As you settle into your seat at the theater and immerse yourself in the magic of a major motion picture, it's easy to forget that film is about much more than glitz and glamour. At its core, filmmaking is a serious business, one that represents a colossal $30 billion annual industry in the U.S. alone [source: Reuters]. Like any business, the movie industry runs on money, with many top films priced in excess of $200 million.
To keep track of expenses during the making of a film, Hollywood accountants divide expenses into two basic categories, distinguished by where they go in the ledger books. Above-the-line costs include some major expenses, including cast salaries and the director's cut. While these figures tend to get all the attention, the real costs of making a movie are below the line.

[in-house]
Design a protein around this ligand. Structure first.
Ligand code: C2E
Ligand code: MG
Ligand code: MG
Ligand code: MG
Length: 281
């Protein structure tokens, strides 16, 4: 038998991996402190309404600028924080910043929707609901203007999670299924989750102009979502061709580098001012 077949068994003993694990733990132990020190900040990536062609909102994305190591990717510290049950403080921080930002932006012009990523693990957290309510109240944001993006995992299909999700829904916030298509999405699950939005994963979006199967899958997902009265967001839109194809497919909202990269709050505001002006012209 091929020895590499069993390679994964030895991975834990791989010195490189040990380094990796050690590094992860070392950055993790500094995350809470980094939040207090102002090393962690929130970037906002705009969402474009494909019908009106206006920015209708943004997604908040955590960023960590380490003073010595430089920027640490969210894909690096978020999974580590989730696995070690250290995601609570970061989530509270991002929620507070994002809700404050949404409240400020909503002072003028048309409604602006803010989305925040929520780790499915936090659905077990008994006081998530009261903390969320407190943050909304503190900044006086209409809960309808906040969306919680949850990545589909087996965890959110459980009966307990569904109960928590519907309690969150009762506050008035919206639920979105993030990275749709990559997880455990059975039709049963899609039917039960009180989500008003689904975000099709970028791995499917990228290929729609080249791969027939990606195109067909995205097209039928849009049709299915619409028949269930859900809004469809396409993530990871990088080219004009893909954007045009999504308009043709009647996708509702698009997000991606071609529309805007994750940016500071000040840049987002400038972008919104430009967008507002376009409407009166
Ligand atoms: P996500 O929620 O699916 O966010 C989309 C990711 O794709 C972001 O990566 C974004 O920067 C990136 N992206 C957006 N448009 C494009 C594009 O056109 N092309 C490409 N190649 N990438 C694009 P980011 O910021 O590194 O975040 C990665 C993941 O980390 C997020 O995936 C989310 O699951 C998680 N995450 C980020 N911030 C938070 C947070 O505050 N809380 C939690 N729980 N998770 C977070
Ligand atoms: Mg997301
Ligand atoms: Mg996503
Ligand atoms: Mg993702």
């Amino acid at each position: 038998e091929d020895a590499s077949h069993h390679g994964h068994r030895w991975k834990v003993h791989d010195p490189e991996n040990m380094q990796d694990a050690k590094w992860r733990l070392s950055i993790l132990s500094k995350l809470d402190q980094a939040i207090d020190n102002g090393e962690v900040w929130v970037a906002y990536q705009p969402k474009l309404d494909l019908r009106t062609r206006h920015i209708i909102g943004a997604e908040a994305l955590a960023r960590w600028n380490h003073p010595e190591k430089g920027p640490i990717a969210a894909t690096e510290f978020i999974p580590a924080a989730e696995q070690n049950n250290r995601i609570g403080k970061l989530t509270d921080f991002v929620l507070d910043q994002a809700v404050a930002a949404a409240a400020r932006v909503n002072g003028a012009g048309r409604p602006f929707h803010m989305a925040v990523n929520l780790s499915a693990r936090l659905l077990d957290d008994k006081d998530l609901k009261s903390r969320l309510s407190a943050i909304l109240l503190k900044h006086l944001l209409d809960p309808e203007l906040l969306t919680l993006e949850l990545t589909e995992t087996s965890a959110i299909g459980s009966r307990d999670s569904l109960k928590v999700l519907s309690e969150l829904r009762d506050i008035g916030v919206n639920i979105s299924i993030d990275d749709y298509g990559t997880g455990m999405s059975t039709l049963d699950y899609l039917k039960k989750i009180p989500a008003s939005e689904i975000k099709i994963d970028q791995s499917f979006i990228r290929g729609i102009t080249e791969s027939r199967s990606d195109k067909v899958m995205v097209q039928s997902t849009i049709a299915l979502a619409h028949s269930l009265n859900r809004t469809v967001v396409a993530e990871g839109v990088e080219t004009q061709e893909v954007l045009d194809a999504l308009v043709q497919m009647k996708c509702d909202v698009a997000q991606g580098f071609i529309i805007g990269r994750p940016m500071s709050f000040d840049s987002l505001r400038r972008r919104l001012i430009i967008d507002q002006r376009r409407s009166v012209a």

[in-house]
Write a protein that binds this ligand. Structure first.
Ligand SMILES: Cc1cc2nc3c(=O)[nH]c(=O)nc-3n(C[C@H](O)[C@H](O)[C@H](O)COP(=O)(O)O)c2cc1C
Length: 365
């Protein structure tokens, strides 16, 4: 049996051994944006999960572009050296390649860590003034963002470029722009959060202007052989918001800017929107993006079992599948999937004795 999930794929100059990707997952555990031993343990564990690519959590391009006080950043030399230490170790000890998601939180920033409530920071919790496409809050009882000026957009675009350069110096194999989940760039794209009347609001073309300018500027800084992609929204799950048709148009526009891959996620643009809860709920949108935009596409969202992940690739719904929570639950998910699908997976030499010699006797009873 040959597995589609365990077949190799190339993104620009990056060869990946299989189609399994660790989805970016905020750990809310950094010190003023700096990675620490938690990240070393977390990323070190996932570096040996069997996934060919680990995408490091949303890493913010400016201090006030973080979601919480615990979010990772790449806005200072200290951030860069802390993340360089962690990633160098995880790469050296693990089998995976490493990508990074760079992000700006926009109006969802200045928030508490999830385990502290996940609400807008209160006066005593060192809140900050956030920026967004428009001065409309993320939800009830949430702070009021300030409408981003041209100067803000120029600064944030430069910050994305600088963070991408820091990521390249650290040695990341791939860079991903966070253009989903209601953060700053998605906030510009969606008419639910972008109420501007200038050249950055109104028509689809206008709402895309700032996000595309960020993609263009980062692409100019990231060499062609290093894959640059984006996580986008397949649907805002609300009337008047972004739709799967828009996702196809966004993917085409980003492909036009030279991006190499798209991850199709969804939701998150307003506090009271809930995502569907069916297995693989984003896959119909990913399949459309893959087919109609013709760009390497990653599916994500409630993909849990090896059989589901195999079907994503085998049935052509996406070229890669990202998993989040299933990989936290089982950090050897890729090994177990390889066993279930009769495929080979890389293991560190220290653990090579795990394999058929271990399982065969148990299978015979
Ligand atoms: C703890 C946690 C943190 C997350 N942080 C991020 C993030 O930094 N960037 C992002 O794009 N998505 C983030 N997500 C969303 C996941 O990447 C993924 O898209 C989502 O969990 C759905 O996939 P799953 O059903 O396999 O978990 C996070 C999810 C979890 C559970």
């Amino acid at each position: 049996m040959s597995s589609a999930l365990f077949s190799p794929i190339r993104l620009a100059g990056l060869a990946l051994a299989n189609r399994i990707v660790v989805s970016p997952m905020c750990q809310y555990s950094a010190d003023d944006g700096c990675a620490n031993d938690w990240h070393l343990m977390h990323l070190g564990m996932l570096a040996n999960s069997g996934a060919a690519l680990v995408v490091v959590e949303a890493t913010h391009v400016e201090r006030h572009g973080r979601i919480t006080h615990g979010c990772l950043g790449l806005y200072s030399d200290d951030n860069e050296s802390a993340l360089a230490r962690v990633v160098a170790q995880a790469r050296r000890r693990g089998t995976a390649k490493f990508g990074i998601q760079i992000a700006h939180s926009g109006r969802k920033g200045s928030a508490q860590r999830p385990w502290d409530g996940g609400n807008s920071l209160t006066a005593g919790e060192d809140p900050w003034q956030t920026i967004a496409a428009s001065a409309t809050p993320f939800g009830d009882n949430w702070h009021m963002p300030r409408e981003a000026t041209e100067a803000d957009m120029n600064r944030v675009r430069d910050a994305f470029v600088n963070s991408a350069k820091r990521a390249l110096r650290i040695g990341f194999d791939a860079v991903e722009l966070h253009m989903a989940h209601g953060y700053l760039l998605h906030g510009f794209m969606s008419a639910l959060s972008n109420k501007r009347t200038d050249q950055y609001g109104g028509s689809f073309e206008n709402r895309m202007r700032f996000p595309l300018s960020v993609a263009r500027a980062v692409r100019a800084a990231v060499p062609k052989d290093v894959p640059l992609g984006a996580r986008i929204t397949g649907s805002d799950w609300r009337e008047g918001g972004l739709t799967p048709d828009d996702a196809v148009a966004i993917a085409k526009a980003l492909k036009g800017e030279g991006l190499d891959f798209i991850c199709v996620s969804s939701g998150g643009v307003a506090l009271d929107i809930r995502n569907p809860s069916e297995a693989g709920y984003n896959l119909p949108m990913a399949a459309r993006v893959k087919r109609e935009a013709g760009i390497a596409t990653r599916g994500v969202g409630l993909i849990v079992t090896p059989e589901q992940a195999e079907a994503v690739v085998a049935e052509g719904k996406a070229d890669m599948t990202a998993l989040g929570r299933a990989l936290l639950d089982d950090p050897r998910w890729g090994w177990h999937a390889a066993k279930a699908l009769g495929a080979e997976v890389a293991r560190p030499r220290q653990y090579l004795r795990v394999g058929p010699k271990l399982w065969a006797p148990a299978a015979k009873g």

Below-the-line expenses -- so-named because they were traditionally listed beneath a thick black line used to separate them from above-the-line costs in accounting documents -- include virtually all the costs of film production, including salaries for the majority of the people involved. Need some seriously elaborate sets for a sci-fi flick? You'll find the costs of these sets below the line. Looking to buy some fancy period costumes for a Jane Austen film or train a Golden Retriever to act in a lighthearted buddy comedy? Include these expenses below the line, or risk facing your accountant's wrath.
Looking to learn more about below the line expenses? Read on for more information about Hollywood budgeting basics.